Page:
“I look up at the TV in the morning and Indigenous affairs is leading the bulletin and I don’t think that’s just because we’re having a referendum.”
“There is no other newsroom or organisation in Australia that would have a team like that that is working across so many different platforms, that would be interacting with such a huge audience across podcast, radio, TV,” Higgins says.
“I think it’s exposing us as a nation for what we don’t know about each other, and it’s really uncomfortable as a Torres Strait Islander person to watch the nation grapple with that,” she says.
“And that’s difficult because we can’t tap out of it.”
Brennan and Dredge have been nominated for a Walkley award for their Four Corners report How Many More? about the murder of Aboriginal women.
How TV is covering the referendum
SBS, NITV and Sky News Australia will join the ABC in giving extensive airtime to covering the results on Saturday night. The commercial networks however are not so keen, giving just half an hour for news and analysis after the bulletin. At 7pm Michael Usher will anchor a half-hour special on Seven with the channel’s political editor, Mark Riley, before switching to a 2009 movie, The Proposal, starring Sandra Bullock. Nine will air a half-hour voice special before the cricket at 7.30pm.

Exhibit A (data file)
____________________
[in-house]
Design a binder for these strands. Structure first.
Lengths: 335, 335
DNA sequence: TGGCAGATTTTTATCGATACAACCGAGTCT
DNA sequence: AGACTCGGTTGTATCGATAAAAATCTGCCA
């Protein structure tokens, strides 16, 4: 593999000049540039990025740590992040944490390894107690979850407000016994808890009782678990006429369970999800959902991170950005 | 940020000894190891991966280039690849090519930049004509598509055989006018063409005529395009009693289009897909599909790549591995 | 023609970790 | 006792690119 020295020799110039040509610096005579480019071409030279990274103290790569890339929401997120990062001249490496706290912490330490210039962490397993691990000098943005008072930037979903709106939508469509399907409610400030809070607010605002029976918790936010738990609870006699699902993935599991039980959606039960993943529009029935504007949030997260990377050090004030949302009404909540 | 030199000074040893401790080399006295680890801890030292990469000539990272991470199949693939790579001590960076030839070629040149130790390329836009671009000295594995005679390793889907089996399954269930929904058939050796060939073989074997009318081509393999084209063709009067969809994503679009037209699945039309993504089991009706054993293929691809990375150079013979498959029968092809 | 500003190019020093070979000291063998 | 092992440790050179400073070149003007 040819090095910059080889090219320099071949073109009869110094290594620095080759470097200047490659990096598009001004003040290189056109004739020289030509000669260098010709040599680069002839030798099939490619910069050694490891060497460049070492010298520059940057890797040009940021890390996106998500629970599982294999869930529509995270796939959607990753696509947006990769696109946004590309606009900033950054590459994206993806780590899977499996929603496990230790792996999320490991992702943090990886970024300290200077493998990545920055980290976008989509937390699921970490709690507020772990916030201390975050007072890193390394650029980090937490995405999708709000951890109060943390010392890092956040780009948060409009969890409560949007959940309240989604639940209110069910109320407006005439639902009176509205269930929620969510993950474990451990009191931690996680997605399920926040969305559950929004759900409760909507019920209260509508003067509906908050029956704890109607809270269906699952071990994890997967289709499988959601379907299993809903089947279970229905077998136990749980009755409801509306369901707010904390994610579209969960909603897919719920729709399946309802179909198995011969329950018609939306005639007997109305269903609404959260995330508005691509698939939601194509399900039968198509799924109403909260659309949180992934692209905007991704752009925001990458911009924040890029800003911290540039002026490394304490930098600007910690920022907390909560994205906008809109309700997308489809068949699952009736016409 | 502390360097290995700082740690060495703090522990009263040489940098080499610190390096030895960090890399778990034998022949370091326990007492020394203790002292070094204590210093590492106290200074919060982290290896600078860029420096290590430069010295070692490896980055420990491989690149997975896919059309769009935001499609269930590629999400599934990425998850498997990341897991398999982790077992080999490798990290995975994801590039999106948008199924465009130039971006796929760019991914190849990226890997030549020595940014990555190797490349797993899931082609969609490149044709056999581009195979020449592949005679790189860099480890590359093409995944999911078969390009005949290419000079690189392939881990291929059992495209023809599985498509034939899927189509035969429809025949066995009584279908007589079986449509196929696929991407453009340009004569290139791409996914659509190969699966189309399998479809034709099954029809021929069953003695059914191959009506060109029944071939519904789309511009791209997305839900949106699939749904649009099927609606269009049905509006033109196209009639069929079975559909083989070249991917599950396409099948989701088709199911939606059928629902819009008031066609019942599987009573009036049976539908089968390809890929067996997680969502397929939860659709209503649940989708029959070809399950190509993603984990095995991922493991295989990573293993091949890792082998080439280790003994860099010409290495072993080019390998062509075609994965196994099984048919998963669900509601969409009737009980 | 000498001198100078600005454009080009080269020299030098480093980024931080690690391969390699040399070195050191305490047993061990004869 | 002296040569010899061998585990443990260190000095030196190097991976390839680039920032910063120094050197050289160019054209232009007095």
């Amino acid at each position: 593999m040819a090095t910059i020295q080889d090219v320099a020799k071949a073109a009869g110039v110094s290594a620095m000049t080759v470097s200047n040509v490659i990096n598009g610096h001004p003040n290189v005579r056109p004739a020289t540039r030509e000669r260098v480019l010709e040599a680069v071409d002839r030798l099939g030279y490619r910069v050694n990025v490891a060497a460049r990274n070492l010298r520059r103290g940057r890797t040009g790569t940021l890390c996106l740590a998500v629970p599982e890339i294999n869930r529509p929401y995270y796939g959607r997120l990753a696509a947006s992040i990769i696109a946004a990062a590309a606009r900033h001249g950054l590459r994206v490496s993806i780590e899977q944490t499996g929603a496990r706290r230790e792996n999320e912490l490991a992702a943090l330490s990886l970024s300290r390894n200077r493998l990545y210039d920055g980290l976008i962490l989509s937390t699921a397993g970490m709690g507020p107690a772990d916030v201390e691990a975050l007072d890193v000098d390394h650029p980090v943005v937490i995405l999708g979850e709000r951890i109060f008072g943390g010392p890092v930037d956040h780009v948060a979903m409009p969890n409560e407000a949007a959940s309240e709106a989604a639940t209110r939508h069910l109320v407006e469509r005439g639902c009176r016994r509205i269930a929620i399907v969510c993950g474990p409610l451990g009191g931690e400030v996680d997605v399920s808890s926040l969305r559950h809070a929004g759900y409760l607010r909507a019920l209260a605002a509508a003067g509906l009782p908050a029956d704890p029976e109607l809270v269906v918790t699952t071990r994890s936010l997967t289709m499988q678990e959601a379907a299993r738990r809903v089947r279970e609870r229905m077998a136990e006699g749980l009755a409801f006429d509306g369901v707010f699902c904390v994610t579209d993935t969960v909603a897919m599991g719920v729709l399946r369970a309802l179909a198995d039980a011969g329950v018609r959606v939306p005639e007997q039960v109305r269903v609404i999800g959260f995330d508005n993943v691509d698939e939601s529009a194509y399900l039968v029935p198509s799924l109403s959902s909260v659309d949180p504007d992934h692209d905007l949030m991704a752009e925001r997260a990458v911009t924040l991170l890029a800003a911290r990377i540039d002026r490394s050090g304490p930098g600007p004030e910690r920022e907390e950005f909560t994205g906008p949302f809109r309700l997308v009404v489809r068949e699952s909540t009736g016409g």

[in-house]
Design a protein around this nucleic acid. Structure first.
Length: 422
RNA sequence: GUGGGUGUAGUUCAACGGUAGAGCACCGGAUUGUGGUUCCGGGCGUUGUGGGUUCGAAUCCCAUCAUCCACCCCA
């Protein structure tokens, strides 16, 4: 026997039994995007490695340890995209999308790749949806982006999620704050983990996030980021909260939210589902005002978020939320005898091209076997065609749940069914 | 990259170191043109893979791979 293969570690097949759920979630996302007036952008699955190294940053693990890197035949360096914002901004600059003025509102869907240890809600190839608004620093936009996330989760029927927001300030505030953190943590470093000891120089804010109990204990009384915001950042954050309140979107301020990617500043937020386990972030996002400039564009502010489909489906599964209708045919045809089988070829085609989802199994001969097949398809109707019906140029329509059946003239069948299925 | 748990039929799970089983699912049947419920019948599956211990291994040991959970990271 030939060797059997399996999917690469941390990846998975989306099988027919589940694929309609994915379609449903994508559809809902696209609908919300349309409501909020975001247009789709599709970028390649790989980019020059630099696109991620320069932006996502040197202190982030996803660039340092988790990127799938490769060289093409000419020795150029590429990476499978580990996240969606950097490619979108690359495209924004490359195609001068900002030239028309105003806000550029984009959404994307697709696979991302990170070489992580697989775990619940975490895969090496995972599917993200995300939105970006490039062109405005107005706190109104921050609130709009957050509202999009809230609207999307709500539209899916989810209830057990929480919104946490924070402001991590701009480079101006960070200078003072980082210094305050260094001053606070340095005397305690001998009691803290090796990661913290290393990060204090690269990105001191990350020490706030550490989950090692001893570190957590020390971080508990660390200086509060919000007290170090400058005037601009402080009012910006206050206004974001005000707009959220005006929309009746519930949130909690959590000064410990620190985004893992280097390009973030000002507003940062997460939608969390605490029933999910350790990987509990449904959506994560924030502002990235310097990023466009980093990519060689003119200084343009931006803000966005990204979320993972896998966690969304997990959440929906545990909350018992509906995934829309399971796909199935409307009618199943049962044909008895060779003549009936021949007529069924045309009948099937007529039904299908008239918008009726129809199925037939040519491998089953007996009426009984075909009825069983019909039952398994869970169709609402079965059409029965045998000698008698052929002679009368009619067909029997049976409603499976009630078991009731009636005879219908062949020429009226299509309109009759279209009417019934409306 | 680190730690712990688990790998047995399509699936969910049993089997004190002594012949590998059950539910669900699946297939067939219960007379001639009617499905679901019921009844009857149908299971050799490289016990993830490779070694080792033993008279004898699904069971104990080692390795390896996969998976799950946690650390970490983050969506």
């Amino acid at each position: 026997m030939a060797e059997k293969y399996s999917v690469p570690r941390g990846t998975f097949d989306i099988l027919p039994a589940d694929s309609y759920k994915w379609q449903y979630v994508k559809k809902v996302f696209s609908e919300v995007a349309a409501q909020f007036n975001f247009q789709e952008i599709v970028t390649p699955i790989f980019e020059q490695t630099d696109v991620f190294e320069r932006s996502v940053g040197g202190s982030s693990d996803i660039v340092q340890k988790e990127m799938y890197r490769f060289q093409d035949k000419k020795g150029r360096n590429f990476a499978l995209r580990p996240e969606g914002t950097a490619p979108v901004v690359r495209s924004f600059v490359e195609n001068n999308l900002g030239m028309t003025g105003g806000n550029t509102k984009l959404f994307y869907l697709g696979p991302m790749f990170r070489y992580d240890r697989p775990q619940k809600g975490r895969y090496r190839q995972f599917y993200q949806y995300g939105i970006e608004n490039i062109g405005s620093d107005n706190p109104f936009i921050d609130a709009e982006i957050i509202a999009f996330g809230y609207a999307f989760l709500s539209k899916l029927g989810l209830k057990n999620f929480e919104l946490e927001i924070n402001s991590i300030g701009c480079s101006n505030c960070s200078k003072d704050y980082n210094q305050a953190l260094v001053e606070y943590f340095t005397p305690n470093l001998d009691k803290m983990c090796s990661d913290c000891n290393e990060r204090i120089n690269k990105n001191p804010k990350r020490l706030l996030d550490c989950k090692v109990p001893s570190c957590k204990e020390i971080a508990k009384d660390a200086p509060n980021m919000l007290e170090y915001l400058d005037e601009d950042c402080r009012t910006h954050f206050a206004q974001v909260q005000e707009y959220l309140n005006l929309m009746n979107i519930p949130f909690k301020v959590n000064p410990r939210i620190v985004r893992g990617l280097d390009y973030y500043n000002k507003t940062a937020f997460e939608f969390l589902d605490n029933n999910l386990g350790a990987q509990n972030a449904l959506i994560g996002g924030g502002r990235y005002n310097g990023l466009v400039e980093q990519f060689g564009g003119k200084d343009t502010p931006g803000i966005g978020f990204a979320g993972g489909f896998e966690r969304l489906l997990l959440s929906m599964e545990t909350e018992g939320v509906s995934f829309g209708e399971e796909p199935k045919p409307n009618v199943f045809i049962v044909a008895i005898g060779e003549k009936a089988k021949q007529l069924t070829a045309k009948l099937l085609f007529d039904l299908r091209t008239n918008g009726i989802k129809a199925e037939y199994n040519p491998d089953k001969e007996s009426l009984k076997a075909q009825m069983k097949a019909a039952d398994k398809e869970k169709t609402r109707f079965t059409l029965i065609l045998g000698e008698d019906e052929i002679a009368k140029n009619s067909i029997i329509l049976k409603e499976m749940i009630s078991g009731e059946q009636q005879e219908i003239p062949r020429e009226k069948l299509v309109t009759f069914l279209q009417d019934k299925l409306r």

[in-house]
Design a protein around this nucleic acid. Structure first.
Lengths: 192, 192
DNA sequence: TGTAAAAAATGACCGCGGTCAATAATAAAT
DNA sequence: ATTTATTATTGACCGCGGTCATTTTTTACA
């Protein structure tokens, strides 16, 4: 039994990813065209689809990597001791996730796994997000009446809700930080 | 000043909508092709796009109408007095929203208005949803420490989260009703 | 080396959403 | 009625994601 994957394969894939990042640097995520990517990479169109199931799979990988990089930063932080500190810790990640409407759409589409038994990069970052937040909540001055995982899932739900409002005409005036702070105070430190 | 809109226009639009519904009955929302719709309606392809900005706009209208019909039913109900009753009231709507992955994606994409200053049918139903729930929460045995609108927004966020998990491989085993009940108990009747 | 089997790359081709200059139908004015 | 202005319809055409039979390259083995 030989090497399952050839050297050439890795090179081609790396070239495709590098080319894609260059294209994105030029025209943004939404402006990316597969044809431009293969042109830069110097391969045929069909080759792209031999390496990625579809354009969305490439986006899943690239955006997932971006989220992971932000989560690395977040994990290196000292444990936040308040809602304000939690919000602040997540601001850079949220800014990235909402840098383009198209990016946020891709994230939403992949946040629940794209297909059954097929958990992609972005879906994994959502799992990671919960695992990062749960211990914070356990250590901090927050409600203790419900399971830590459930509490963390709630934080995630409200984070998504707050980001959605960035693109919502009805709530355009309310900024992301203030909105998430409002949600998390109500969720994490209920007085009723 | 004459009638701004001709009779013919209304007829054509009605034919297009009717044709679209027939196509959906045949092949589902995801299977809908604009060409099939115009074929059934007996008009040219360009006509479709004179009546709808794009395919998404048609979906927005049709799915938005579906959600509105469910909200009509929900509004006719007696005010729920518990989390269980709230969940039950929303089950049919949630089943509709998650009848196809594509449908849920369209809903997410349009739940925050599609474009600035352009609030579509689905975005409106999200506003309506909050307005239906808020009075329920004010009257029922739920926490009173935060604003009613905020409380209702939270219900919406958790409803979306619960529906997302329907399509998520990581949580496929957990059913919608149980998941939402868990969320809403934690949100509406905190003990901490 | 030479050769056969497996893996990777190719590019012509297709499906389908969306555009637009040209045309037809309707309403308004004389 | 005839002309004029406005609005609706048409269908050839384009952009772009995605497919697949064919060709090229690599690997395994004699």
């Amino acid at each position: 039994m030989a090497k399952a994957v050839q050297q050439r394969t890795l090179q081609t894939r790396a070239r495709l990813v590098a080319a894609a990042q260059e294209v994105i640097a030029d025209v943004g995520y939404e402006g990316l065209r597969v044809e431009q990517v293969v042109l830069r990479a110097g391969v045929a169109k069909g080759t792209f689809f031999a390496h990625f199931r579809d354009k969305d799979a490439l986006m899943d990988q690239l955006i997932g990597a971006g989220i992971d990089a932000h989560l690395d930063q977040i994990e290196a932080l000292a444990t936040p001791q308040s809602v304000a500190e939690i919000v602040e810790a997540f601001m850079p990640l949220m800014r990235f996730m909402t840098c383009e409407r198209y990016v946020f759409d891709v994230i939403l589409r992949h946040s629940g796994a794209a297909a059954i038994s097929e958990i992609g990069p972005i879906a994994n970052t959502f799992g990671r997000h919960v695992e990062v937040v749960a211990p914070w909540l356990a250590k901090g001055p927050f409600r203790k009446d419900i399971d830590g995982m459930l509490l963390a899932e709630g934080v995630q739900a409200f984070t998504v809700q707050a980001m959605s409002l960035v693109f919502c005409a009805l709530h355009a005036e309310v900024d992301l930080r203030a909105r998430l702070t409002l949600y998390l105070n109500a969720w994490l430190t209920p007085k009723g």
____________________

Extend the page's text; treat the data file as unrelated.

Reporters on the ground
The days of Australian media organisations having multiple international correspondents on the ground are over. But there is a handful of Australian journalists covering the conflict in the Middle East.
Nine News, our largest locally-owned media group, hasone correspondent, Edward Godfrey, who is filing for Nine’s TV News. The ABC has correspondent, Nick Dole as well as Tom Joyner and John Lyons reporting for TV, radio and online.
Some have done pieces to camera while explosions can be heard nearby.